Regarding reading back over something to polish and fine tune, then have it lose its impact, I raise my hand on that one. What I thought was great when i wrote it might now sound trivial after rereading and retouching for the twentieth time. I think we need to trust our instincts the first time through, though it's true that we might not get all the details down in our emotional rush to get the scene written. That's where the beta reader comes in.

But here's another thing to consider. When your character is so well developed, and the reader has literally been living that character's life over several pages, it won't take much for those emotional scenes to come alive. I've read short, succinct scenes of few words that were so powerful, I find myself reaching for tissues or a glass of wine (depending on the emotion) after just a couple of paragraphs. And that's because the character was so real to me, which I attribute to the author's skill at characterization. I've read very few authors who can do that, but it can be done. And we should all aspire to reach that level.

On the flip side, I've read scenes where the author has second, third and fourth guessed herself by overdoing character emotions to the point of melodrama. Ick, ick, ick! Trying too hard. It's a major peeve of mine as a reader.

Know your characters, make them real, and the rest will fall into place, IMO.

Danita Cahill said...

I've had the same thing happen, Alice. Similar in that a reporter is interviewing the mother of a young woman who was murdered. As she looks around at the photographs of the young woman from childhood through adulthood on the walls of the grieving mother's living room, she is overwhelmed with the emotion the mother must be feeling.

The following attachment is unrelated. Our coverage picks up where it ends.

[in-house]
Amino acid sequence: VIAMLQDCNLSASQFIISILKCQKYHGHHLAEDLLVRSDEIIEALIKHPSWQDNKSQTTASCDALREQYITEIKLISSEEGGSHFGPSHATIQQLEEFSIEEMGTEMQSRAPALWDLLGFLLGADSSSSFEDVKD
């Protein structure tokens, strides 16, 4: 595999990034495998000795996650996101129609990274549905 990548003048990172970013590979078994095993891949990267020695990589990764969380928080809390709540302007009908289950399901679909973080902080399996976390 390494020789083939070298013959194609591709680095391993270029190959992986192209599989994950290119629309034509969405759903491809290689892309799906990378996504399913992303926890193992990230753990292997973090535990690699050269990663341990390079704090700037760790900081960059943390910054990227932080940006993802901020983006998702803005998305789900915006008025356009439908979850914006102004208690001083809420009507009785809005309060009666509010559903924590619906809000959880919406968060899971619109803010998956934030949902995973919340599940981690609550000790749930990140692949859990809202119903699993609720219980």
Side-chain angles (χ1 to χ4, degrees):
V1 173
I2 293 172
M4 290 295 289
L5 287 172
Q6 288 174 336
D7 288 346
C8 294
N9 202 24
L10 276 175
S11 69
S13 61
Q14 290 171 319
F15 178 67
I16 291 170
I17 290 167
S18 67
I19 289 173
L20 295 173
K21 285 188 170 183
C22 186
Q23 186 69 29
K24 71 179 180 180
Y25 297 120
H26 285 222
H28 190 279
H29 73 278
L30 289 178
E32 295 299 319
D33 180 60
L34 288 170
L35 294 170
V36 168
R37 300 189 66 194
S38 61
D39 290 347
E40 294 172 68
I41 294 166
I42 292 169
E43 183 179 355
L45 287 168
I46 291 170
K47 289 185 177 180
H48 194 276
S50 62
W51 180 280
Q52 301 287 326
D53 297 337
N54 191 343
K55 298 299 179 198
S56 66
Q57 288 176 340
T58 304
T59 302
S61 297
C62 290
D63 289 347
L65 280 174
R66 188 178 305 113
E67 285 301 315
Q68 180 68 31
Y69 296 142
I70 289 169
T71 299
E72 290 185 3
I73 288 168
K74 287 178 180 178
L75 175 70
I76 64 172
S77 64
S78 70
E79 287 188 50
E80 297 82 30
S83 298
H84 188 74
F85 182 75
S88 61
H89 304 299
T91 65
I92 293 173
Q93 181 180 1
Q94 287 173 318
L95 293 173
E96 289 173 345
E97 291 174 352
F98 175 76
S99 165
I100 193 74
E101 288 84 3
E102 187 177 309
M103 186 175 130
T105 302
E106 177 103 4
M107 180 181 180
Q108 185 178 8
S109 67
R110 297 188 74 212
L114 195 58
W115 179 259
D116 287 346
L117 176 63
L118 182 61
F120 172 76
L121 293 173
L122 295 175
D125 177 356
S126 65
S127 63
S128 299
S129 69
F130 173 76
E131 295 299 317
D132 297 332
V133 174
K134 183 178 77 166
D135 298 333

I cried when I wrote the scene. I asked my aunt -- one of my first readers -- how the scene made her feel. "Motherly," she said. I'd hoped for more, but all in all, I guess motherly was what I was striving for.

In that same book, the bad guy is so heinious, I had a hard time writing the scenes in his POV. It hurt to be inside his sick and twisted mind. I need to go back and rewrite them. I didn't allow myself to get deep enough into his emotions and reasoning.

Elisabeth Naughton said...

No tricks or wisdom, Alice. But I think your scenes sound riveting.

Alice Sharpe said...

Well, thanks, everyone for the observations and suggestions. I don't have a reader so will have to depend on the editor to tell me if things work. And my own instincts.

Danita, that word "motherly" might have included a whole lot more emotion than you thought it did. Maybe for her she was saying that reading a scene where a child is dead evokes the fears of living through such a disaster.

And yeah, Paty, writing a scene that touches people does feel good. As for overwriting, Karen, I think I've been guilty of that. Ack!


Genene said...

Wow, Alice! Can't wait for this book to come out so I can read it!

Similar to Paty's comment, I think each reader will feel these scenes based on their own experiences. If a reader has been in a similar situation, what they felt in that situation will color how they read the scenes in your book.

Do you have time to let the scenes set a day or two, then go back and read them when they aren't so fresh in your mind? If they still give you the emotional punch you're feeling now, you've probably captured the scenes as you wanted to. (Just my opinion. :)

Alice Sharpe said...

excellent idea, Genene. Yes, I have the time. I don't know that it will help as I can see from the comments I haven't expressed myself very well. It's not a matter of rewriting the life out of it, I hope I know how not to do that. It's more a matter of wondering if what I felt when I wrote it ever made it onto the page. You know, my daughter -- who is also on occasion my reader, doesn't have time to read the whole book before the deadline, but she would have time just to read a scene or two so I suppose I could take Karen's idea of sending just the scene and asking her if it got to her and if it didn't, why not.

Thanks, everyone!